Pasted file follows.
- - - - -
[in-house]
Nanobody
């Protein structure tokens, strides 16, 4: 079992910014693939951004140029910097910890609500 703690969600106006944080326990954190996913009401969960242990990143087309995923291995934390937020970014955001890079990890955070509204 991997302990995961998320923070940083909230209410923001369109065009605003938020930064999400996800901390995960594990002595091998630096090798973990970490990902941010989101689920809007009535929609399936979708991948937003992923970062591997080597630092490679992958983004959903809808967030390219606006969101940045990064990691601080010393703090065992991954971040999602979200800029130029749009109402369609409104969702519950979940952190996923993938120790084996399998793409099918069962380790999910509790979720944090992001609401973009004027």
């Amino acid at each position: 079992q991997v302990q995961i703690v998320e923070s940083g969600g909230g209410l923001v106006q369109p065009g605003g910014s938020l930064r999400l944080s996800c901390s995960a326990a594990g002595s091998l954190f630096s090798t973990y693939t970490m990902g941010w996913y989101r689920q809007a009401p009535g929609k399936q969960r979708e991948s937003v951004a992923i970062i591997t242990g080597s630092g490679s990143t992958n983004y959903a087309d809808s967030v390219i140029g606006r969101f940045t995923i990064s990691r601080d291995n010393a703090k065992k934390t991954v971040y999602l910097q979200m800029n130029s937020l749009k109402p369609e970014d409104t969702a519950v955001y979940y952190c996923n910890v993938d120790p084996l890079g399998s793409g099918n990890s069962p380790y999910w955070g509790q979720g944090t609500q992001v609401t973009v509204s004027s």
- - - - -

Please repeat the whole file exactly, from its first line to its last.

[in-house]
Nanobody
């Protein structure tokens, strides 16, 4: 079992910014693939951004140029910097910890609500 703690969600106006944080326990954190996913009401969960242990990143087309995923291995934390937020970014955001890079990890955070509204 991997302990995961998320923070940083909230209410923001369109065009605003938020930064999400996800901390995960594990002595091998630096090798973990970490990902941010989101689920809007009535929609399936979708991948937003992923970062591997080597630092490679992958983004959903809808967030390219606006969101940045990064990691601080010393703090065992991954971040999602979200800029130029749009109402369609409104969702519950979940952190996923993938120790084996399998793409099918069962380790999910509790979720944090992001609401973009004027």
């Amino acid at each position: 079992q991997v302990q995961i703690v998320e923070s940083g969600g909230g209410l923001v106006q369109p065009g605003g910014s938020l930064r999400l944080s996800c901390s995960a326990a594990g002595s091998l954190f630096s090798t973990y693939t970490m990902g941010w996913y989101r689920q809007a009401p009535g929609k399936q969960r979708e991948s937003v951004a992923i970062i591997t242990g080597s630092g490679s990143t992958n983004y959903a087309d809808s967030v390219i140029g606006r969101f940045t995923i990064s990691r601080d291995n010393a703090k065992k934390t991954v971040y999602l910097q979200m800029n130029s937020l749009k109402p369609e970014d409104t969702a519950v955001y979940y952190c996923n910890v993938d120790p084996l890079g399998s793409g099918n990890s069962p380790y999910w955070g509790q979720g944090t609500q992001v609401t973009v509204s004027s």